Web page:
Then there's the other elephant in the room with RO systems: the fact that the final product water is devoid of minerals. This is a serious concern for people. Drinking mineral-deficient water is believed by many to be detrimental to health in the long run. Some people think that the body compensates by pulling minerals out of the bones and tissue to buffer the water. Other people don't like that mineral-deficient water is naturally acidic.
Some new RO systems attempt to compensate for this by having a remineralization cartridge before the holding tank to put back some of the minerals that were stripped away by the RO membrane. But in our experience this usually only adds 20-30 ppm of minerals back into the water, well below the norm in terms of drinking water (Fiji water, for example, has over 200 ppm of dissolved minerals).
The other challenge with RO is that that membrane can be worn down over time, especially in hard water conditions. That's why you'll typically see single-digit TDS readings early on in the system's life, but over a few months the readings gradually raise to the mid double digits. That means the membrane's not performing as well as it did initially, meaning contaminants are potentially getting through (another reason why if you're running RO, you may want to consider a Multipure system as a post filter).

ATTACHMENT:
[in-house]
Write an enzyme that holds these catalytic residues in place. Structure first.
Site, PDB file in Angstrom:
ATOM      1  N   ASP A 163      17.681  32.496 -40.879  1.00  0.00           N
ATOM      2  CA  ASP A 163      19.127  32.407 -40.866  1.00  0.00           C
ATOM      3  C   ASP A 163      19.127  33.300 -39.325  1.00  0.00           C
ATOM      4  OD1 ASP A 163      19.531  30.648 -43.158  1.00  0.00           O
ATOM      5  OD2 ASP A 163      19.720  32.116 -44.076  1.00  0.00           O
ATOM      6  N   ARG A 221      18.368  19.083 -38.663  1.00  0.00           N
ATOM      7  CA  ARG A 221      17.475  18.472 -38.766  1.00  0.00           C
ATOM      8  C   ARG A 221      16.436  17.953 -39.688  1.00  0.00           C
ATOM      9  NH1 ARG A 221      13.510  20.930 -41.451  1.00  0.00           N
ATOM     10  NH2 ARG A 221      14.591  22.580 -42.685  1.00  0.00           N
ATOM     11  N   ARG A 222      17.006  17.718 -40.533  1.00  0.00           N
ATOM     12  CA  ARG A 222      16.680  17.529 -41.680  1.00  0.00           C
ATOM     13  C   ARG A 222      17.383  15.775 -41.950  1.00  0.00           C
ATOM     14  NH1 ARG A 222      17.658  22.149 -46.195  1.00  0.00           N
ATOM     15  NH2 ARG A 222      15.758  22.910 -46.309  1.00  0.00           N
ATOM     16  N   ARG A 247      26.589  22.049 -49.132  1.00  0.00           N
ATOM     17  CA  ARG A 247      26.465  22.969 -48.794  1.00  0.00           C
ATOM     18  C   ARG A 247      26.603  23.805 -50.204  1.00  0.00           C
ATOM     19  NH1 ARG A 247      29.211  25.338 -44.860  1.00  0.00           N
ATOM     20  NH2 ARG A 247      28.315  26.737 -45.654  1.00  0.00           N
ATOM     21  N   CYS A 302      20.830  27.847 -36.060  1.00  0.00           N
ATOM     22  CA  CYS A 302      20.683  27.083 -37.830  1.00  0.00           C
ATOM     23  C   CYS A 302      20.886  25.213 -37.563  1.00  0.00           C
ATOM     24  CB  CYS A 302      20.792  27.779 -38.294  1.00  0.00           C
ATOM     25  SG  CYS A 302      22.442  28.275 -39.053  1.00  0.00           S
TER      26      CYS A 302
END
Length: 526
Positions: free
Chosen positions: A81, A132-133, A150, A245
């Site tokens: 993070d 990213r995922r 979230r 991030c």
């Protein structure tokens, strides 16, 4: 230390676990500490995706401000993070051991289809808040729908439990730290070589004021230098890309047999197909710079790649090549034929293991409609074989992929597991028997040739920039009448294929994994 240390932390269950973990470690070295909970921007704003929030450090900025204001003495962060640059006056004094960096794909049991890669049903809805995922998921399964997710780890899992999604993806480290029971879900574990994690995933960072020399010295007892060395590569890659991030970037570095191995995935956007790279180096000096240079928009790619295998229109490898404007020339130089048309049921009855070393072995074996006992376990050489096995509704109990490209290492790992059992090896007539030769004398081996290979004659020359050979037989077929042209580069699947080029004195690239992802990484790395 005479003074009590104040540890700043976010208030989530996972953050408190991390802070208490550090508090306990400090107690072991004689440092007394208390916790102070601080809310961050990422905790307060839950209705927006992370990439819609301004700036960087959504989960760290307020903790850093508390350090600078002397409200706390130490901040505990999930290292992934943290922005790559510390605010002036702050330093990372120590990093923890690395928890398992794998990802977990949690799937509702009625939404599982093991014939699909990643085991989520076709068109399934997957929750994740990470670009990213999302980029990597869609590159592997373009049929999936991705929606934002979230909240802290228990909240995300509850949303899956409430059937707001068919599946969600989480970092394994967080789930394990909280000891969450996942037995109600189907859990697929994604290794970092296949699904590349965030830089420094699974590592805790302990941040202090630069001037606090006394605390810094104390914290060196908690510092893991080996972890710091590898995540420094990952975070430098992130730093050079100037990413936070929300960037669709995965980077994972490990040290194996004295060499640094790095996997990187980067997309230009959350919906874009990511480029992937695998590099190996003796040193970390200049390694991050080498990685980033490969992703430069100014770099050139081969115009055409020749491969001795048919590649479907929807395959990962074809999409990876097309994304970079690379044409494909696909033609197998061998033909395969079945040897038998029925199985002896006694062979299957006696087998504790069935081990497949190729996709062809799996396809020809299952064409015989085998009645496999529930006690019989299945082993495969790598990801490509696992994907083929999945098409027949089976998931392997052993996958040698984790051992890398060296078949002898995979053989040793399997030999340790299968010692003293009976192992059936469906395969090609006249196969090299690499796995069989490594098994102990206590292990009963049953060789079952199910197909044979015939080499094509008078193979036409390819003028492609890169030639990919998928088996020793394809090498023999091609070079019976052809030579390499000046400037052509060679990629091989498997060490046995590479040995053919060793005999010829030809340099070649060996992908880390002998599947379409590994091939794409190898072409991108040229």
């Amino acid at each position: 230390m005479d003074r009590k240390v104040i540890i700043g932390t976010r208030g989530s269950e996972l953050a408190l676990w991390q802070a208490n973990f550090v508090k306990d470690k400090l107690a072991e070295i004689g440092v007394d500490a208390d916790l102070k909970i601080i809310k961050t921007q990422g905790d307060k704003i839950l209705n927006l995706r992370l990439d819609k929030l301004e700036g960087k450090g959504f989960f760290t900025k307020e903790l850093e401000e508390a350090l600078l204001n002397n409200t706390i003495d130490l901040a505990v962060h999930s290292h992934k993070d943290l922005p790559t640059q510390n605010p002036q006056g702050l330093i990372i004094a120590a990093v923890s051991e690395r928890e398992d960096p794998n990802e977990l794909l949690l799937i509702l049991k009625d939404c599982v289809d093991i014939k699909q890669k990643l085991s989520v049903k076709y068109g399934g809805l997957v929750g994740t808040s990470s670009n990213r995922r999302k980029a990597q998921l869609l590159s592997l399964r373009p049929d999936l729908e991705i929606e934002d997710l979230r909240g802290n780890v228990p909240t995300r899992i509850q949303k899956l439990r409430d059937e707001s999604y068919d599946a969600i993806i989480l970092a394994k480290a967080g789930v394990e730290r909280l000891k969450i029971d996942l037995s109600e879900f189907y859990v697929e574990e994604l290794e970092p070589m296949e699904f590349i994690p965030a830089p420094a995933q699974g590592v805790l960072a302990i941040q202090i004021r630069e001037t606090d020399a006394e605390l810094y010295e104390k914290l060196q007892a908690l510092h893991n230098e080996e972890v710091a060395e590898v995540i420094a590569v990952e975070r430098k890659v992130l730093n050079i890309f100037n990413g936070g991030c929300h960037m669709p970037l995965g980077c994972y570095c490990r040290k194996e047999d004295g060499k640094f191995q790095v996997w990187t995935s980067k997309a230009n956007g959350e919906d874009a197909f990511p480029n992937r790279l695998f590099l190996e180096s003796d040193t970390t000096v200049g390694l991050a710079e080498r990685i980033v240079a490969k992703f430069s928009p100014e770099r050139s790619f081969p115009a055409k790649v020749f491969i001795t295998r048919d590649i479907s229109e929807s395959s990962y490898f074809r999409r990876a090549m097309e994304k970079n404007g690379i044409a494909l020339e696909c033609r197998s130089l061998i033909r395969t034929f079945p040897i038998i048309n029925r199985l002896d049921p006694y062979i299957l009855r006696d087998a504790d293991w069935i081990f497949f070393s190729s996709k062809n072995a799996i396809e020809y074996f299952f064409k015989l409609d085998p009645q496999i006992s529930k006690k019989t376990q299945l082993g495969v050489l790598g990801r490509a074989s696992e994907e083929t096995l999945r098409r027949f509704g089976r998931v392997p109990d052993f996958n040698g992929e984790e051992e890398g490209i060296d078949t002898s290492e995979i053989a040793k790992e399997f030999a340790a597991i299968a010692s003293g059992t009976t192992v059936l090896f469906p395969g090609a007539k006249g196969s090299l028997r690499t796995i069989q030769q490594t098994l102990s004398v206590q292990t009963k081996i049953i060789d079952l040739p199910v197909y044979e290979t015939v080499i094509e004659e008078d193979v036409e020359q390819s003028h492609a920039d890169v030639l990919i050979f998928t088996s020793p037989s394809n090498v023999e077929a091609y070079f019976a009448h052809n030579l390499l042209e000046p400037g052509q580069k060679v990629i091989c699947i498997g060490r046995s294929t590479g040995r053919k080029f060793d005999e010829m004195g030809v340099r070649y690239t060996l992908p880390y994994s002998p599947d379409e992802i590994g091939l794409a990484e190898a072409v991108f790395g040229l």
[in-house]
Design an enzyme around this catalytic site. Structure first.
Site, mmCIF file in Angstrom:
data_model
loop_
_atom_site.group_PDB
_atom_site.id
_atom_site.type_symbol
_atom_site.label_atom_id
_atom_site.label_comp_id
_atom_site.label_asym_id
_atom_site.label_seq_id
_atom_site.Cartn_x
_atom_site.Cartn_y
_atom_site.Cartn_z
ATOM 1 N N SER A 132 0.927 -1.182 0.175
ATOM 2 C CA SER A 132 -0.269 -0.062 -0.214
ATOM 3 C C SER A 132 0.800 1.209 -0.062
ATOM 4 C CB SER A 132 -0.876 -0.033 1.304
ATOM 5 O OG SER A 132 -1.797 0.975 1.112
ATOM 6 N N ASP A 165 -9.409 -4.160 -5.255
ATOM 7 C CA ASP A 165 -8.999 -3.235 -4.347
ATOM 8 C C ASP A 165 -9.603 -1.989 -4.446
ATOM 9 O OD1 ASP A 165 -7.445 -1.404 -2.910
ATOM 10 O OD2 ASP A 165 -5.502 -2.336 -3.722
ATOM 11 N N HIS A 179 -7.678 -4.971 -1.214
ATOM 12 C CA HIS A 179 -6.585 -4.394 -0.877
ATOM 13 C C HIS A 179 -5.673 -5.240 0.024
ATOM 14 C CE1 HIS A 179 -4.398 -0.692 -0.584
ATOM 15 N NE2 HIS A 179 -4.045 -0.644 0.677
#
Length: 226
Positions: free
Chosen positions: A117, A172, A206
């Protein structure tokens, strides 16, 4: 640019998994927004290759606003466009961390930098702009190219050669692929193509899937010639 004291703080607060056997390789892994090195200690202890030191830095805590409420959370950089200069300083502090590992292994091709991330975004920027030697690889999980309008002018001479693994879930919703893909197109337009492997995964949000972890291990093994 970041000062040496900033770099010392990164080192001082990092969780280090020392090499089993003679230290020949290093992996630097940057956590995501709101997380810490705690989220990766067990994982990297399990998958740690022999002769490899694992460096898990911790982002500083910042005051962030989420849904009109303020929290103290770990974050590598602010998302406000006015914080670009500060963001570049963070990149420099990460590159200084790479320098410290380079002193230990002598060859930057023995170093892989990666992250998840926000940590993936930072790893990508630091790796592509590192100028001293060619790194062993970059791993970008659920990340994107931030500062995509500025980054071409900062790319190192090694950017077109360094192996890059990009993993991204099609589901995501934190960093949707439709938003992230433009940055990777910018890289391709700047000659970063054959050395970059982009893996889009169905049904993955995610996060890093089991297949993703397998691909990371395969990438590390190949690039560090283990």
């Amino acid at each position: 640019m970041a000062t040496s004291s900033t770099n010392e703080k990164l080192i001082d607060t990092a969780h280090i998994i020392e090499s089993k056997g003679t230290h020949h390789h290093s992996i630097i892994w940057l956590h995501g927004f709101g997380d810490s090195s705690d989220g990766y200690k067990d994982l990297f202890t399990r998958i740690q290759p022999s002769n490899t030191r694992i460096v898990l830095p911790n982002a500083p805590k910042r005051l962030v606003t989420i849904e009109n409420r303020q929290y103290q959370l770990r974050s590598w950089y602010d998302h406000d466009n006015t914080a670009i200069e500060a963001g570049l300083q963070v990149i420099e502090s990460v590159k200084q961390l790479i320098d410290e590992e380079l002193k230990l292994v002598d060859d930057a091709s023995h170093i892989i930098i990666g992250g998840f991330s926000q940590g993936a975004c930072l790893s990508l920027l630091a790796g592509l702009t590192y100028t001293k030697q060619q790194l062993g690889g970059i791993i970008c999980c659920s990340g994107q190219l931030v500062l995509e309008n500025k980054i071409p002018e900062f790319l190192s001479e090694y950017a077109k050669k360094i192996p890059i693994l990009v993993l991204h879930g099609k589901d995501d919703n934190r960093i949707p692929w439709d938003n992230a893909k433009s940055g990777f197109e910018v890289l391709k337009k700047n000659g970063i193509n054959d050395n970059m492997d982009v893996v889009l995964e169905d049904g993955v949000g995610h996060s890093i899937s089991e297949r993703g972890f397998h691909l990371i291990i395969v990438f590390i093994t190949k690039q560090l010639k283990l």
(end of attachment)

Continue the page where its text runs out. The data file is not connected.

So after having talked to so many customers about wanting to avoid RO while getting a similar level of purification, I wanted to discuss what I believe are the best options.
First, consider that the Aquaperform and Aqualuxe are by far the two best non-RO filtration systems in the world. I haven't seen a close second. The reason is the unparalleled level of NSF Certified Contaminant reduction, even including Arsenic. The Aqualuxe has the same inner core block as the Aquaperform, but with a thick, advanced technology wrapped around the outside called Nanomesh. It's the same technology used in military water filtration boxes to filter potable water out of worst-case scenario source water such as sewage. It provides nano-filtration and total protection from bacteria and virus, as certified under NSF Standard P231.
The Aquaperform already is the most advanced solid block filter in existence. In addition to all the contaminants that the Aquaversa is NSF-Certified for, it is able to effectively reduce Arsenic V. This is a huge breakthrough that no other non-RO system comes close to.